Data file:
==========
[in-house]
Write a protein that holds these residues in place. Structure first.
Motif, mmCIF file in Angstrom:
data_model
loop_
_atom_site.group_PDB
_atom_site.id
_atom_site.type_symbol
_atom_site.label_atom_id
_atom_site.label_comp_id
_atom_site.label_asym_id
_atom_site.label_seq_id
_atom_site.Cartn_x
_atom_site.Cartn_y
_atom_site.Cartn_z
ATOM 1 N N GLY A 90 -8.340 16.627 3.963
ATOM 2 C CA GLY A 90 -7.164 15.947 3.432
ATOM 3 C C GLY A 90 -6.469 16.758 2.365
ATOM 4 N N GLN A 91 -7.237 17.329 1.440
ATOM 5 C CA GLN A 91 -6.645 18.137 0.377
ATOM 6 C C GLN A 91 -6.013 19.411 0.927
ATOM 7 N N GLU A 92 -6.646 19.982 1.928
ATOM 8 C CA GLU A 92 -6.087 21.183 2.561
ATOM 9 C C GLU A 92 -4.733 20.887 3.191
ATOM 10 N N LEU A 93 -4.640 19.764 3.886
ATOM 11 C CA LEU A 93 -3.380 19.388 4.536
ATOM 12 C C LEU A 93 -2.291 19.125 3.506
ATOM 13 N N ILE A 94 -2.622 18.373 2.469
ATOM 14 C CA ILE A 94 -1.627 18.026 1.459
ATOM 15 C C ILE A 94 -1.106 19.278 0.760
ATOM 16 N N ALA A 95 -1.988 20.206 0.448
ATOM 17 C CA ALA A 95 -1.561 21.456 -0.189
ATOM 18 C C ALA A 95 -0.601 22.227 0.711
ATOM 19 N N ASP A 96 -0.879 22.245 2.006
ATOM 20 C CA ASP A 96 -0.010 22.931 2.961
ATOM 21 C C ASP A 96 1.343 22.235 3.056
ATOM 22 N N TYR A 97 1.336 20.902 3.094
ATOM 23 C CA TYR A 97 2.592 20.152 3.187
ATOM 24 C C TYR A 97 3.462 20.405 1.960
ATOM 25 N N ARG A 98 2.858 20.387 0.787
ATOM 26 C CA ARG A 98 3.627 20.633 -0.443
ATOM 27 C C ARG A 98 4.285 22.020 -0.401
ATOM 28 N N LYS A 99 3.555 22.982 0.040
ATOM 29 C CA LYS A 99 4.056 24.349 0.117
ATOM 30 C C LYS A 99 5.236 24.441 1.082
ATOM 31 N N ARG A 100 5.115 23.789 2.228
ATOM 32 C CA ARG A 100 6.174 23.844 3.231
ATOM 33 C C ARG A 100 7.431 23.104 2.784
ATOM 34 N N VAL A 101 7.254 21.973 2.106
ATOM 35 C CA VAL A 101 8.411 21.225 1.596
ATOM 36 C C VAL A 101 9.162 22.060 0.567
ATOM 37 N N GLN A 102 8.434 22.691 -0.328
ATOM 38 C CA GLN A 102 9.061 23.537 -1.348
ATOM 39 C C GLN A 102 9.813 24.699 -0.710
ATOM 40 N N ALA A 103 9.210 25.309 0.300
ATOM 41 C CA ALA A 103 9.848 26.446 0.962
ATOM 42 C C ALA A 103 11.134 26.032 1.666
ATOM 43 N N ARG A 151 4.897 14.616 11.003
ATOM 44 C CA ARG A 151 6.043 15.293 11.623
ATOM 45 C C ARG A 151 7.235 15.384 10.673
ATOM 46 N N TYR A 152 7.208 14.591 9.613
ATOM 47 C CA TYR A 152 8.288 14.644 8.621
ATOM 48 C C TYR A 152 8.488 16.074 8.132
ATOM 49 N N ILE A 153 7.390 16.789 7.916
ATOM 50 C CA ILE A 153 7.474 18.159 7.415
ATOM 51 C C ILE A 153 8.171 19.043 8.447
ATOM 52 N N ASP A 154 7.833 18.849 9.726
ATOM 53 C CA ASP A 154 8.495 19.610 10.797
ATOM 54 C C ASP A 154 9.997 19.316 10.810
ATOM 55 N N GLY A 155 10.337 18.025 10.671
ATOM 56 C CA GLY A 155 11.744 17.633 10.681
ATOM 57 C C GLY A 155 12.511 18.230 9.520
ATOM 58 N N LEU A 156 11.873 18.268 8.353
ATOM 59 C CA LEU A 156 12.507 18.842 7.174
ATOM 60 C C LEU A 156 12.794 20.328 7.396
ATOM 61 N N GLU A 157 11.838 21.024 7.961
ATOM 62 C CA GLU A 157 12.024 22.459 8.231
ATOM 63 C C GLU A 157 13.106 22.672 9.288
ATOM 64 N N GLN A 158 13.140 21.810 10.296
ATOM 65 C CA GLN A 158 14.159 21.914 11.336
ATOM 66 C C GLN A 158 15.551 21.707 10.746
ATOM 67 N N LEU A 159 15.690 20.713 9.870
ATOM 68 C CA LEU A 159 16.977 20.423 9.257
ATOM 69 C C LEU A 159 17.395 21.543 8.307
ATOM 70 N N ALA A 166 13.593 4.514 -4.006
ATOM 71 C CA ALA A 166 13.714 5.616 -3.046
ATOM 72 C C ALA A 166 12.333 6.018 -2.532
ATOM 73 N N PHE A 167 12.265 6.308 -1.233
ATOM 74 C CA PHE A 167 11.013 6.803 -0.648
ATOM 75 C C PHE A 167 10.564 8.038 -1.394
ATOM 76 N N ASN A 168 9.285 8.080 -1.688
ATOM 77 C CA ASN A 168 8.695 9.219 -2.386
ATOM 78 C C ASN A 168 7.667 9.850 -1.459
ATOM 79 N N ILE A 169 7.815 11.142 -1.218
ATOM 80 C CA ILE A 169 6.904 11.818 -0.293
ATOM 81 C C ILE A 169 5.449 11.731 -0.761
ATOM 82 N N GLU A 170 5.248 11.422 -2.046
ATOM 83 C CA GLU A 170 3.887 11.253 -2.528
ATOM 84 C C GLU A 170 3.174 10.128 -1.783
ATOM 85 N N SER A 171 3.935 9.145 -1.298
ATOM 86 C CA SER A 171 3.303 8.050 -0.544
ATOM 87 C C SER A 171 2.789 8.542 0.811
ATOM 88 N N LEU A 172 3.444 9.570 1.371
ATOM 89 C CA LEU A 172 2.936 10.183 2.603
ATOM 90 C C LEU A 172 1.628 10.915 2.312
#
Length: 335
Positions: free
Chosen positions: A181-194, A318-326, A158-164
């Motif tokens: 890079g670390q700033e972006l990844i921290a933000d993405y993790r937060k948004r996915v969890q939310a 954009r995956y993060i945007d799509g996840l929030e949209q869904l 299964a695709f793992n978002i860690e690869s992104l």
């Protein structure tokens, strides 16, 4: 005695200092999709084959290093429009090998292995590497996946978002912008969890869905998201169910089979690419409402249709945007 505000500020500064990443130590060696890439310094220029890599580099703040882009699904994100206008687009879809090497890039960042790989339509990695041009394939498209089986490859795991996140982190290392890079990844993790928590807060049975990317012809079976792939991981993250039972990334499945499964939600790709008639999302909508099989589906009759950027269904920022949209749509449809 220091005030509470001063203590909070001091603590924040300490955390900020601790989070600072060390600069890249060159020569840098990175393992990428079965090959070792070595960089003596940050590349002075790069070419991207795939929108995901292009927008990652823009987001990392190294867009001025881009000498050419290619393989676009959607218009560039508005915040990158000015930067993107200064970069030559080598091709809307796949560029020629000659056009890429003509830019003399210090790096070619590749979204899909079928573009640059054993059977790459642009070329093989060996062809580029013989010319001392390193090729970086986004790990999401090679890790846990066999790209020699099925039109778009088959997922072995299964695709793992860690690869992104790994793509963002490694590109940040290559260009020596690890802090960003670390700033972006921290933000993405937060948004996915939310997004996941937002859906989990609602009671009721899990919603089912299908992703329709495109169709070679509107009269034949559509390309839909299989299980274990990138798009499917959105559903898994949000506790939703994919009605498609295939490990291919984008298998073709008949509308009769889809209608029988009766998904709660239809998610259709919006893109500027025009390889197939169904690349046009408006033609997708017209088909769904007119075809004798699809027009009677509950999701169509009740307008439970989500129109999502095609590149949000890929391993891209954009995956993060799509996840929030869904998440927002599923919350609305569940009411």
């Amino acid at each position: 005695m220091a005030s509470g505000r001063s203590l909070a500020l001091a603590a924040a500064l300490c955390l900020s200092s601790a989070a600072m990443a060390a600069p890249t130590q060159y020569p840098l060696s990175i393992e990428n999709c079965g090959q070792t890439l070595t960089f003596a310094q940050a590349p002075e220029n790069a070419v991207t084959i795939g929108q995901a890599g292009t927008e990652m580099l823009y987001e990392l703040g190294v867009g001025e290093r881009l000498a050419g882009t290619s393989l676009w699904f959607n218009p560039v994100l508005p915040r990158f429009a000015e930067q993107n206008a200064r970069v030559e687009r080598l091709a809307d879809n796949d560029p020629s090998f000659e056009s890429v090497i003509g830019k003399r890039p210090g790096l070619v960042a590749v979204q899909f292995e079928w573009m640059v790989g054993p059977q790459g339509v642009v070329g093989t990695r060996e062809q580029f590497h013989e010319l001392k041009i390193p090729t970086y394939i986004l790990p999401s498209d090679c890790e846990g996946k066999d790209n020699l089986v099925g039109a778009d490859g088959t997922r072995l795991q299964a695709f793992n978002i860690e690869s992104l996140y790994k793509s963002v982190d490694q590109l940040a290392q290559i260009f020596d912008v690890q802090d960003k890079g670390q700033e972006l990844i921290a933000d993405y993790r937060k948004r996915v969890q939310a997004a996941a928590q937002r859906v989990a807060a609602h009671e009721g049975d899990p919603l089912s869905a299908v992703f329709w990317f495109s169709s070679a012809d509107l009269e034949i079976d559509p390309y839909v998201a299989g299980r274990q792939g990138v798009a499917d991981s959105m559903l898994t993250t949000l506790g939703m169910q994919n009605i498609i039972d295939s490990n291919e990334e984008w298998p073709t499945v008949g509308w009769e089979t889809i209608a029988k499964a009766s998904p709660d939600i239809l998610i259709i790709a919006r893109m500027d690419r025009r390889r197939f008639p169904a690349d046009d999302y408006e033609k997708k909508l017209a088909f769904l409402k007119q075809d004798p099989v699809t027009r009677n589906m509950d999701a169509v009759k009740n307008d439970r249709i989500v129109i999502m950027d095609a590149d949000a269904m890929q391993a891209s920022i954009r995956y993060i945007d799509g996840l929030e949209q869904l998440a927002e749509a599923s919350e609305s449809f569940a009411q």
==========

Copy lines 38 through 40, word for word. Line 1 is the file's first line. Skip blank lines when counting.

ATOM 23 C CA TYR A 97 2.592 20.152 3.187
ATOM 24 C C TYR A 97 3.462 20.405 1.960
ATOM 25 N N ARG A 98 2.858 20.387 0.787